As a Senior Fellow, Igor Valentovich worked with to conduct a comparative research on the progress of information controls in select countries from the former Soviet Union space (CIS). He researched variables that account for similarities and differences in the adopted censorship mechanisms across the region as well as investigated instances of cyber-attacks against local media projects to isolate their triggers. Igor updated regional test lists and conducted series of network measurements in select CIS countries to test for “just-in-time” filtering around the Russian presidential elections and probe for “upstream filtering”. In the process, he introduced an innovative testing methodology based on the use of a single curated test list across multiple territories. Collaborating with Ksenia Ermoshina, he subjected to comparative analysis the blocking of critical platforms in Russia and Crimea during the elections. Their research shed light on the consistency of blocking, instances of over-blocking, and factors that account for the differences in the filtering approaches in both territories.

Ksenia Ermoshina
Host organization: Citizen Lab, Munk School of Global Affairs, University of Toronto
Duration: Twelve Months
As a Senior Information Controls Fellow, Ksenia worked with Citizen Lab to investigate information operations (censorship, shutdowns, targeted surveillance) in the context of armed conflicts and post-annexation in the former soviet-union region, namely Ukraine and Russia. Combining network measurements, sociology and usability studies, Ksenia conducted fieldwork in the region to detect blocking mechanisms and practices, update regional test lists, identify the main security threats for at-risk populations and contribute to building an interdisciplinary methodology for the study of information control in conflicting areas. She employed a hybrid methodology combining network measurements, science and technology studies, and a qualitative ethnographic approach. The collaborative report with Igor Valentovitch will also be presented to an academic conference this summer. Ksenia’s previous research includes “Migrating Servers, Elusive Users: Reconfigurations of the Russian Internet in the Post-Snowden Era.”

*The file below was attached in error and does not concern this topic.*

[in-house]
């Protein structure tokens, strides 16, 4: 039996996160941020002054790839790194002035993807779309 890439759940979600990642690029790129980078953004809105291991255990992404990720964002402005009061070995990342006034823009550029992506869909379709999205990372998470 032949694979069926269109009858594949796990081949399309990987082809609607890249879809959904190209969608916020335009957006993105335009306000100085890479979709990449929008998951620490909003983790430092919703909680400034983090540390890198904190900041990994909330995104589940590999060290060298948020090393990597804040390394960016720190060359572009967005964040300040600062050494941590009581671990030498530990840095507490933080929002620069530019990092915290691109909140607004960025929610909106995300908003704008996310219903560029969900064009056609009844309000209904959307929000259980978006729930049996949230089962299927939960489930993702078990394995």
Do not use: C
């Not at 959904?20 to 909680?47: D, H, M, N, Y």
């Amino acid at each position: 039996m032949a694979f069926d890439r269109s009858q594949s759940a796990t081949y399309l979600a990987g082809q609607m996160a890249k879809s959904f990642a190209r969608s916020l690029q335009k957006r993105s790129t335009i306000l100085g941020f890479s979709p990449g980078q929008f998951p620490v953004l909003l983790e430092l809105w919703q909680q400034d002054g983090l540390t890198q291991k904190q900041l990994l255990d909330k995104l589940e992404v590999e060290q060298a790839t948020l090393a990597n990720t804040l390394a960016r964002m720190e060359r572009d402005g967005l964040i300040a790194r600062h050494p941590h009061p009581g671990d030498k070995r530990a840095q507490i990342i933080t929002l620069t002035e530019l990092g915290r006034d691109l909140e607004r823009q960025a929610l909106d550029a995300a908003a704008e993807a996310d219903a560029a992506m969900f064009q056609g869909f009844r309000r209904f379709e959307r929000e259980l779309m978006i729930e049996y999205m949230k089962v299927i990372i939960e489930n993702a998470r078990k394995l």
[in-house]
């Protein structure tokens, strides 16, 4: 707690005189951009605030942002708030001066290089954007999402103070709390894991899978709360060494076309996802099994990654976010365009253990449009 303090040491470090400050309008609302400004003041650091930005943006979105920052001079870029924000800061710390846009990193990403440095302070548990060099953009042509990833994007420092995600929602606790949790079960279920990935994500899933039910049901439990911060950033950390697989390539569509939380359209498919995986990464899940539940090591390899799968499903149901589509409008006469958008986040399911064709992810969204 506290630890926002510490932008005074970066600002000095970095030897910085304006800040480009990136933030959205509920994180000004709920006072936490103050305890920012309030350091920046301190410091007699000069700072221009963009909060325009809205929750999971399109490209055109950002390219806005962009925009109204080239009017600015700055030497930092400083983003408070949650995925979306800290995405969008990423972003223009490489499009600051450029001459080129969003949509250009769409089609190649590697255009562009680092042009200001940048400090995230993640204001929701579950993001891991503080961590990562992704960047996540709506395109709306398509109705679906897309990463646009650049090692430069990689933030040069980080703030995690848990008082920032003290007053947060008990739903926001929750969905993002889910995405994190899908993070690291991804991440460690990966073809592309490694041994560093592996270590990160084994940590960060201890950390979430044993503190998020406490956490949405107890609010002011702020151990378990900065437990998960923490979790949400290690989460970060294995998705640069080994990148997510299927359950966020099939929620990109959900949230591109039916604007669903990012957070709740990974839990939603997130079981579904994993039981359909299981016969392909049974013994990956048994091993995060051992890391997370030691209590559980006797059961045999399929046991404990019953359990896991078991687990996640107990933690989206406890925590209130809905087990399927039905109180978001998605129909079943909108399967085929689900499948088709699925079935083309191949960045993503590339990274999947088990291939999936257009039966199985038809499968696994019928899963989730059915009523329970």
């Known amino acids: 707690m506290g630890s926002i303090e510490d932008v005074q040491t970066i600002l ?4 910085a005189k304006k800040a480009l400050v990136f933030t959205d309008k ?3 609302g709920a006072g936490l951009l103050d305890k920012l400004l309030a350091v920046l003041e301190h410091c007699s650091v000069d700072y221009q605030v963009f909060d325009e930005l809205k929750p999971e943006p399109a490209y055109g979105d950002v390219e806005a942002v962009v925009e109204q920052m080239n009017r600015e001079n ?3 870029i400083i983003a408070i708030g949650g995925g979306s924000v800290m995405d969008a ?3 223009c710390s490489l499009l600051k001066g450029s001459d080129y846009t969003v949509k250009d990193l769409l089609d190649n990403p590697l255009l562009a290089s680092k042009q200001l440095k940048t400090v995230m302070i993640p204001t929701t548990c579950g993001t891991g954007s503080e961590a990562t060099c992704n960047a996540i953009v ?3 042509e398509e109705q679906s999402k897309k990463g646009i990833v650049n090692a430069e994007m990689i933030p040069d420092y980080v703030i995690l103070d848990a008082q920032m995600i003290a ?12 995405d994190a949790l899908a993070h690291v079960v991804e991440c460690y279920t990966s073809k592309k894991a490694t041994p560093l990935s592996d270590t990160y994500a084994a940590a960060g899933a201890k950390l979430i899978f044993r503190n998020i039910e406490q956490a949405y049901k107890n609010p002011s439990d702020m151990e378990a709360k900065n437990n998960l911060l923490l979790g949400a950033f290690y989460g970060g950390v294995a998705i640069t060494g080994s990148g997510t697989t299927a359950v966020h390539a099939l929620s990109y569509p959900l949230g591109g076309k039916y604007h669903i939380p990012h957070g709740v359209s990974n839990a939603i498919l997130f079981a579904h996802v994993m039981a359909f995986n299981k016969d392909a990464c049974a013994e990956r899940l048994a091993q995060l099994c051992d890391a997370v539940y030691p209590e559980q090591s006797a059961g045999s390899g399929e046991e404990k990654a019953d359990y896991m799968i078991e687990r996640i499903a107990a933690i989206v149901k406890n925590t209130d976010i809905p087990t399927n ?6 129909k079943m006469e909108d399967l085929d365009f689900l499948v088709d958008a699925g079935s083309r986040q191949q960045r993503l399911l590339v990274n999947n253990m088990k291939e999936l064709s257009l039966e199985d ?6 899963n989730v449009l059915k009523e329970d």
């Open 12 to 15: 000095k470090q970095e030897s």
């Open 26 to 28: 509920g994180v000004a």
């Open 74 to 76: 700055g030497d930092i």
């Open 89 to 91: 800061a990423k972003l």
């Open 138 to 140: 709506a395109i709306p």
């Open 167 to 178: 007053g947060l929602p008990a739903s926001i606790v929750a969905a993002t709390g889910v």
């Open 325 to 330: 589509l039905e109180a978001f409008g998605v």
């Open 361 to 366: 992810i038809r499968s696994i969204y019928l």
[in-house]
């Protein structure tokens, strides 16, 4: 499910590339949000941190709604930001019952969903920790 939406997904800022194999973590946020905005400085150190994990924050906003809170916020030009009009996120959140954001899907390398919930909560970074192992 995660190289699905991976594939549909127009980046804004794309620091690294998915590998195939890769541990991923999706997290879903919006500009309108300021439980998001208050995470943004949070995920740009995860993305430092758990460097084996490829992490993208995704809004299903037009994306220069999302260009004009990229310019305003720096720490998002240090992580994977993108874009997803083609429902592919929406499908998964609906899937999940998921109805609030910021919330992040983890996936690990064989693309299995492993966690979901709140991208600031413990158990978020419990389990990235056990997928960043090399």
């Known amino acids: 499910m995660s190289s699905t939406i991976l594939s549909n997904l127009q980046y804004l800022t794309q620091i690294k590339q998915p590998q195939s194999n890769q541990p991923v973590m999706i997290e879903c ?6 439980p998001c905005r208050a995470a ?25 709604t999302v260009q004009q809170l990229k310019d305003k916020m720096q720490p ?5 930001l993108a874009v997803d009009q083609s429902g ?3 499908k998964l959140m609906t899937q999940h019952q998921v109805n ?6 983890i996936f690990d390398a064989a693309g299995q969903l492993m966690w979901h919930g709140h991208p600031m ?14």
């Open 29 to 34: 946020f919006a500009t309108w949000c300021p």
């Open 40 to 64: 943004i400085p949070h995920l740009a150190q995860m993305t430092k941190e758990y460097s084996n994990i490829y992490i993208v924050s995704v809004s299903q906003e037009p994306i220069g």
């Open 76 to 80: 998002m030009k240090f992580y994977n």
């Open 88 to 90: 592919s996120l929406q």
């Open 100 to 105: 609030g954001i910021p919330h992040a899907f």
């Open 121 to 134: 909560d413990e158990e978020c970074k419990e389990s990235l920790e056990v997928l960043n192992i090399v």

Arzu Geybullayeva
Host organization: Berkman Klein Center, Harvard University
Duration: Six Months
Arzu worked with the Berkman Klein Center at Harvard University to advance understanding of information controls in Azerbaijan. Arzu significantly advanced understanding of information controls in Azerbaijan. She performed research around the country’s Internet infrastructure and relevant country legislation, documenting past Internet blocks and surveillance mechanisms used, and tracked network interference. A summary of her research was posted on the OTF website. Arzu’s previous research includes “In the crosshairs of Azerbaijan’s patriotic trolls.